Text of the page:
Up Save

Manage concurrency

Last modified on October 25, 2013 16:19

Anytime we save an entity in a multi-user distributed environment, there is the possibility that another user on another machine has saved their own version of the same entity since we last queried for our own copy of the entity. This page describes the mechanisms for managing concurrency.

The problem

A multi-user application must decide how to resolve the conflict when two users try to update the same entity. Consider the following:

  1. I fetch the Employee with Id = 42
  2. You fetch the Employee with Id = 42
  3. You change and save your copy of the Employee with Id = 42
  4. I try to save my copy of the Employee with Id = 42

Is this really going to happen?

There is always a risk that another client or component will change the data source entity while we are holding our cached copy of it. The risk grows the longer we wait between the time we fetch the entity and the time we save or refresh it. In offline scenarios, the time between fetch and update can be hours or days. There could be a great many concurrency conflicts waiting to happen.

If I save my copy now, should it overwrite the one you saved?

If so, we’ve chosen "last-in-wins" concurrency checking. My copy replaces your copy; your changes are lost.

This is the default in DevForce but we strongly recommend that you adopt another type of concurrency control. Permitting one user to blithely overwrite changes that another user made can be dangerous or even fatal.

There is an enormous body of literature on this subject available on the web by searching for "concurrency checking". 

Basic mechanics of concurrency detection

DevForce defers to the ADO.NET Entity Framework’s mechanism for detecting concurrency conflicts at the time an update is submitted to the back-end data source.

The Entity Framework (EF) permits the developer to designate, in the Entity Model, one or more entity properties as concurrency properties by setting its "Concurrency Mode" to "Fixed".  Note that EF does not allow you to define a concurrency property within a Complex Type.

When a client application submits an update order against such a model to the EF, the EF prepares a SQL Update statement. To that statement it adds a WHERE clause that ensures that all columns designated as a concurrency columns have the same value they did when the record was last retrieved by the submitting application. (In other words, they have not been changed in the meantime by another user.) If that proves not to be the case, the exception thrown by the back-end data source will be propagated back down the application’s calling chain.

This approach works only if the concurrency properties are updated with each successful save. Entity Framework handles concurrency violation detection but not concurrency property update. It is the developer’s responsibility to ensure that the update happens.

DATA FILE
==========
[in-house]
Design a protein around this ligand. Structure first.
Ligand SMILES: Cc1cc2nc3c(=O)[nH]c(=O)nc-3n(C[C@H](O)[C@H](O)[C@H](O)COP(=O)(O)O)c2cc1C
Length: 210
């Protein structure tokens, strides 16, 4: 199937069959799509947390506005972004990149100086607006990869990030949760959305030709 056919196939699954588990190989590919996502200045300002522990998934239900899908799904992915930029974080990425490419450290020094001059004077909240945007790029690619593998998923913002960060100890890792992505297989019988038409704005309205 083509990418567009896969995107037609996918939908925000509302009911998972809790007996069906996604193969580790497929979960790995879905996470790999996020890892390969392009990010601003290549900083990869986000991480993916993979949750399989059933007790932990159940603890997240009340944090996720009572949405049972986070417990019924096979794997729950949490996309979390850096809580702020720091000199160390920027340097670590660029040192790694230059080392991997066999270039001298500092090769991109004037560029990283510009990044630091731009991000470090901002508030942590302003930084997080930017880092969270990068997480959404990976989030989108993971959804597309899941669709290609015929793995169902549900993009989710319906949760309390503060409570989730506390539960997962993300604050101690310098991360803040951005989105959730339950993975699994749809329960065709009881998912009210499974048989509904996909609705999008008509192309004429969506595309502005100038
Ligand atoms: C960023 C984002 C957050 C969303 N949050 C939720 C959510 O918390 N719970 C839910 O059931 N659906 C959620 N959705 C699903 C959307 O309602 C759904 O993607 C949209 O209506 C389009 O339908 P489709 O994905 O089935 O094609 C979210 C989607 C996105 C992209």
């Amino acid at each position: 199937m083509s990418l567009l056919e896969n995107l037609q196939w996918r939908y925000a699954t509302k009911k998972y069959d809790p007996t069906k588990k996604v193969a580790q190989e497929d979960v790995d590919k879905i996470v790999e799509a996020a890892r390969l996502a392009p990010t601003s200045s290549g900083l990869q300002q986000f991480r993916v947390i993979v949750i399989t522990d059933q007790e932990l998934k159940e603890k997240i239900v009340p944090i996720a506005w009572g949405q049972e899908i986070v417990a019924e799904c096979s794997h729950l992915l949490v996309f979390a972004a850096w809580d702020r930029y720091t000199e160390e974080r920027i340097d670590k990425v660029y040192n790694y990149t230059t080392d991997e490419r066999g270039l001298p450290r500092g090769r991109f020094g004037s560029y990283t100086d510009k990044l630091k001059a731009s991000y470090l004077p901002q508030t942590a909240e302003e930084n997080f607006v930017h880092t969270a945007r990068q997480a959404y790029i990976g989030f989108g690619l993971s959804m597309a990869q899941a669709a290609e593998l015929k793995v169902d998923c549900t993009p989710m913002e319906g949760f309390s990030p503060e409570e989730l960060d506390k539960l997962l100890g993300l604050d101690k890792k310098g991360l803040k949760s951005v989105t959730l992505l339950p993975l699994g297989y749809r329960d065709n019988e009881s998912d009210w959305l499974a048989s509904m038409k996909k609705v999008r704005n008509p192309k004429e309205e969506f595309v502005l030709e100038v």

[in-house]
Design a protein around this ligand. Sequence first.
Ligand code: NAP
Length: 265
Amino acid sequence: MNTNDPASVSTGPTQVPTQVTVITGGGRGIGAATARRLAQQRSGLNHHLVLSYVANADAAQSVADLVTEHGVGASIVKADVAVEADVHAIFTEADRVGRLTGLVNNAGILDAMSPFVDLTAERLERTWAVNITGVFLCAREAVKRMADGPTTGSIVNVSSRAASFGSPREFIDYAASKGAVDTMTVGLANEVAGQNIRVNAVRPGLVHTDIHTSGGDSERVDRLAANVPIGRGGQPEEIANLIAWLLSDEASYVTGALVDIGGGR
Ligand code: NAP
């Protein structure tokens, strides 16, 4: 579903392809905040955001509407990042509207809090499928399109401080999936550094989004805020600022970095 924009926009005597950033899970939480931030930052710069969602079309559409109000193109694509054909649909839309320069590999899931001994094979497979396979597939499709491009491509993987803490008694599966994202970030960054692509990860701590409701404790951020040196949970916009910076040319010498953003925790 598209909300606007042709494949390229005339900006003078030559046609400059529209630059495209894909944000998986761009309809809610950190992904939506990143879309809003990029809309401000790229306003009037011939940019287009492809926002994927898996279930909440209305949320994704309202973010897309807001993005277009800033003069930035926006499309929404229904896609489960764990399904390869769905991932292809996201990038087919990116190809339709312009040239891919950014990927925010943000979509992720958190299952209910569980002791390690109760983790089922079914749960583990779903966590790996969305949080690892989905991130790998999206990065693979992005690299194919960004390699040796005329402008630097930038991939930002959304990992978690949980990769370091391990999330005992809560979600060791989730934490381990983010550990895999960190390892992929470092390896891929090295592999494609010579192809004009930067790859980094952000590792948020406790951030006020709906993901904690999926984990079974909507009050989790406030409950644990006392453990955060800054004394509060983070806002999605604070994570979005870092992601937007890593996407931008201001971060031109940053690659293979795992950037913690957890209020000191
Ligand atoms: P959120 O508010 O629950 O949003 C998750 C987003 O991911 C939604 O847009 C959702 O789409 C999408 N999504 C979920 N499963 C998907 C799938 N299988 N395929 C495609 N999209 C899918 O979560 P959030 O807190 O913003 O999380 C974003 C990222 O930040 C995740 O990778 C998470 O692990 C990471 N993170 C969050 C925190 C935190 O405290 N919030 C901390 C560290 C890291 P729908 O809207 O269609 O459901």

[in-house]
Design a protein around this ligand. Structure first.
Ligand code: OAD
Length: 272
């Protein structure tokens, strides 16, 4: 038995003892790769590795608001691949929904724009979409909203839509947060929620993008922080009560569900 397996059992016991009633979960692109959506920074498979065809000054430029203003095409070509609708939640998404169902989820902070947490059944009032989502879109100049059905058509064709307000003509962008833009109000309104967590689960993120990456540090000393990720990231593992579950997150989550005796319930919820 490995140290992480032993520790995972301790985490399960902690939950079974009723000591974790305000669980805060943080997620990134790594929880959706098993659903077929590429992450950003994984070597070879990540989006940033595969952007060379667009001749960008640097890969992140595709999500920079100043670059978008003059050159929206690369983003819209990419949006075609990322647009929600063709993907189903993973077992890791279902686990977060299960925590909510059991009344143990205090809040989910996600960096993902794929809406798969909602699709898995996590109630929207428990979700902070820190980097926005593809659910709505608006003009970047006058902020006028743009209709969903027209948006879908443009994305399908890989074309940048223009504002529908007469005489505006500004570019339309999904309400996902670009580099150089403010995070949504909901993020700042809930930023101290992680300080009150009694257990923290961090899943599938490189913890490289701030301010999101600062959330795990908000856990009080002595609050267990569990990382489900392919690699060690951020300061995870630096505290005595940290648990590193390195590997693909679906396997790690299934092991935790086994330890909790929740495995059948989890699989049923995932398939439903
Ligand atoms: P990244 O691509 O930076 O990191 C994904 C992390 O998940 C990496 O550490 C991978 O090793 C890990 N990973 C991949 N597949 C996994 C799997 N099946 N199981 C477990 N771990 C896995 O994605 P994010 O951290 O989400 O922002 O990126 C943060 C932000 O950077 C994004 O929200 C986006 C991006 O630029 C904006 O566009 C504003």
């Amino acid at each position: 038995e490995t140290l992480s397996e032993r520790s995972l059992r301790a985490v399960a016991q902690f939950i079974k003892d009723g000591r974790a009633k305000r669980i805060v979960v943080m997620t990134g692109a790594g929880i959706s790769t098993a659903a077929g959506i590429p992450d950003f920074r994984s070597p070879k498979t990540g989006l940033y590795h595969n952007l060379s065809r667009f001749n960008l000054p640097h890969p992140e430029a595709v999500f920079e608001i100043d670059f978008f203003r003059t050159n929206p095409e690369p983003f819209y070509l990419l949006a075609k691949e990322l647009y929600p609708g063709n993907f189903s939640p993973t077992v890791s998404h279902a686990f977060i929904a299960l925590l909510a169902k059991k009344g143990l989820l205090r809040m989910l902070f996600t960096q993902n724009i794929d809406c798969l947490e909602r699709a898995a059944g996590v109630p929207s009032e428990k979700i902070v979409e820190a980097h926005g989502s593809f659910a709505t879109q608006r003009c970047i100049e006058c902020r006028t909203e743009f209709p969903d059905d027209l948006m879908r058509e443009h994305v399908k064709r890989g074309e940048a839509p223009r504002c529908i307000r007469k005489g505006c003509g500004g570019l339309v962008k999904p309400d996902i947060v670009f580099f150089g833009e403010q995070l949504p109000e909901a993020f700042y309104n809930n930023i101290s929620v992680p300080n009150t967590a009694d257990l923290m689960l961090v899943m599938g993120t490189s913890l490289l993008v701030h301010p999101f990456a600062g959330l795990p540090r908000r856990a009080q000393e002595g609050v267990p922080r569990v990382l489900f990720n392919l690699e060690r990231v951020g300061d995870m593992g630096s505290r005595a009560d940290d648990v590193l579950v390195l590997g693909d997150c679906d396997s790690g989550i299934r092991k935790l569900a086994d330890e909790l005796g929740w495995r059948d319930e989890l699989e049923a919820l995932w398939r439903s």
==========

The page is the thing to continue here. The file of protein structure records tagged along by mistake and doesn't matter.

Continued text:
You can perform the update yourself, tell DevForce to do it, or rely on the database to update the corresponding concurrency column itself (as it might do with an update trigger).

You tell DevForce which approach to take by setting each concurrency property's "Concurrency Strategy" in the EDM Designer. 


You can pick one of six concurrency property update strategies:

Strategy NameStrategy for updating the concurrency property
AutoGuidDevForce replaces the existing property value with a new GUID.
AutoDateTimeDevForce replaces the existing property value with the current Date/Time.
AutoIncrementDevForce increments the existing property value by 1.
Server CallbackDevForce finds your custom class that implements the IConcurrencyStrategy interface and calls its SetNewConcurrencyValue() method, identifying the concurrency property and the entity-to-update in the parameters. Your implementation of SetNewConcurrencyValue() updates the property.
ClientYour custom code in the client application updates the property before sending modified entities to the server to be saved.
NoneNeither you nor DevForce update the property. Appropriate when the data store automatically updates the concurrency column as it might do with a trigger.

Note that some of the strategies only apply to properties of specific types: clearly we cannot force a GUID value into an integer property, or a DateTime value into a boolean property, and so forth. It remains the developer’s responsibility to handle any concurrency exception thrown by the back end.

Note that when using AutoDateTime DevForce will set the property value to DateTime.Now, which may have more precision than the data type in your database.  If stored values are truncated you will need to set the EntityTypesRequiringPostSaveRefresh to avoid later concurrency exceptions.